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Xi Jinping and Mao Zedong
Xi Jinping and Mao Zedong
Andrej Mrevlje*

NEW YORK — For some years now, I have been observing China from a distance, never going back to the country that I called my third home for many years. Back then, during my long stays in China, I learned a lot about the country and its culture. In the past, foreigners had to travel to cities like Beijing to experience Chinese culture, but these days, China travels to us. Modern China is here with us, on our streets, in our households and universities, even in the White House. This past week, Xi Jinping, the 62-year-old Chinese leader, visited the U.S. He is the most powerful man in China, a country that hopes to replace the United States on the World's throne.

In the late '70s, I first travelled to Beijing as a student, curious about a general lack of outside information on the country. In 1966, the country had entered a huge political turmoil, which escalated into a civil war and ended with complete isolation that lasted more than a decade — and general disconnectedness that lasted far longer. Mao Zedong, the dictator leading the country at the time, named this period the Great Cultural Revolution. In spite of such a lofty and noble term, I prefer to think that Mao actually started a civil war not to consolidate his power, as many think, but to eradicate Confucianist values that persisted in the society even after the Communist party took over in 1949. And yet, despite this iconoclastic spin on the Cultural Revolution, I doubt that Mao would have launched it if the Soviet Union had not turned its back on China in 1960, retrieving all the help it had sent and recalling Russian experts from the country. So after many years, China had to stand on its own, had to find its own way and place in the world. It was at that time that Mao started promoting the idea of the "Third World," made up of poor and underdeveloped countries exploited by the developed capitalist world. The so-called Third World was on the periphery of the world's capitalist society, and it could only be liberated with the creation of a new economic system and an independent market, parallel to the one dominated by the rich and developed first- and second-world countries, argued Mao.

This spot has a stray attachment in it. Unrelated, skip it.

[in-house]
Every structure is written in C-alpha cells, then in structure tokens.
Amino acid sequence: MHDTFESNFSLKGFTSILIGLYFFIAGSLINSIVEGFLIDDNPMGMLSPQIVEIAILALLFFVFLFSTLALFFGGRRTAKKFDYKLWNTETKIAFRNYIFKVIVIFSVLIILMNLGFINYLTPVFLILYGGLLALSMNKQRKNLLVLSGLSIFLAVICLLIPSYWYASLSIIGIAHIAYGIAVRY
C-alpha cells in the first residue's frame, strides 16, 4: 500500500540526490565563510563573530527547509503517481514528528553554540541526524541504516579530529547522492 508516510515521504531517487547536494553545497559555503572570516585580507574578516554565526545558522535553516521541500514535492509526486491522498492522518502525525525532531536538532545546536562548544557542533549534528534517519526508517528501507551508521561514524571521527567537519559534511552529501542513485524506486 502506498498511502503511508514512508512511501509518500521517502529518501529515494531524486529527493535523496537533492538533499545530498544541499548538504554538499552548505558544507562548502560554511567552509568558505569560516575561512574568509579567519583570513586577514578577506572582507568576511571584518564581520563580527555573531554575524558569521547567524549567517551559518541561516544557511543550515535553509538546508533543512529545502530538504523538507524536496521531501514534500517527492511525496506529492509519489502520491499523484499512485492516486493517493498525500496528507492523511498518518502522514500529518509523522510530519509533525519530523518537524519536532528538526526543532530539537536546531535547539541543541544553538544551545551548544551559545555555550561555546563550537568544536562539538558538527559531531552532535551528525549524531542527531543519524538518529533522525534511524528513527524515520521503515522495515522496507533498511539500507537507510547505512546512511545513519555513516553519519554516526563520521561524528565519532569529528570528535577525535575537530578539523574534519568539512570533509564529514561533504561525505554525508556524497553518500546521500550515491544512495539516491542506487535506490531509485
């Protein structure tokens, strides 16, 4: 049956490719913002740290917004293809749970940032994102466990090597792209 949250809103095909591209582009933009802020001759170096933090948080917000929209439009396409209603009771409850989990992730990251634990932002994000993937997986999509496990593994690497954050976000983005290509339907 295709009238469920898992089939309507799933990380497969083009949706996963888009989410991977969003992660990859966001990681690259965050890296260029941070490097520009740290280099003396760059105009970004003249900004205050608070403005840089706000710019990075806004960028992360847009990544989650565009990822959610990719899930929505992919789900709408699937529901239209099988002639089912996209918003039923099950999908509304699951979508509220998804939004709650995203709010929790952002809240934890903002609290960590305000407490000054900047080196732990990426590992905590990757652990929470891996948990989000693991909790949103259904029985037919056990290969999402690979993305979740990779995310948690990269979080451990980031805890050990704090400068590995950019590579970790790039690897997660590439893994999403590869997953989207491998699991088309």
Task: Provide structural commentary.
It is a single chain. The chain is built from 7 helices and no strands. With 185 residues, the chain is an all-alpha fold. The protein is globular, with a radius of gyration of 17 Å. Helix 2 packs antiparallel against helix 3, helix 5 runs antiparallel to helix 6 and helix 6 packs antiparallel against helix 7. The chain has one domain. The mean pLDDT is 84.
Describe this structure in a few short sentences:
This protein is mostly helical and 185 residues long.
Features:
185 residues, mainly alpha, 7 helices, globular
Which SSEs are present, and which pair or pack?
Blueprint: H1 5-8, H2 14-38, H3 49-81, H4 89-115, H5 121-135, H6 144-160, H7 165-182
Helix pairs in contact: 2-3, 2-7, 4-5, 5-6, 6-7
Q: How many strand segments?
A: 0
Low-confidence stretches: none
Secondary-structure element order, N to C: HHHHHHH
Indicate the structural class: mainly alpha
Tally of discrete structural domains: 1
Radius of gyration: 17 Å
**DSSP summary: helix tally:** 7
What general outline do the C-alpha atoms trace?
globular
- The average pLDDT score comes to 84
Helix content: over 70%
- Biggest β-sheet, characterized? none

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War In Ukraine, Day 90: Three Months Since The Start Of A War That’s Changed The World

Vladimir Putin had planned to roll through Ukraine and splinter the West. While it has not gone according to plan, the destruction and uncertainty left in the path of the invasion has shaken the world.

A soldier of special forces of Ukraine displays his tattoos

Anna Akage and Emma Albright

Few will forget waking up to the news that Thursday morning in February. It was, exactly three months ago, in the pre-dawn hours of Feb. 24, when Vladimir Putin sent his armies, missiles and fighter jets across Ukraine’s borders, from points north and east, launching a full-scale invasion of a sovereign nation of 44 million.

Stay up-to-date with the latest on the Russia-Ukraine war, with our exclusive international coverage.

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It has, by all accounts, not gone as Putin had planned: the Ukrainian military resisting the much larger, better-equipped Russian invaders; the West unified in its support of Kyiv, through arms shipments and harsh sanctions against Moscow; steadily rising opposition at home.

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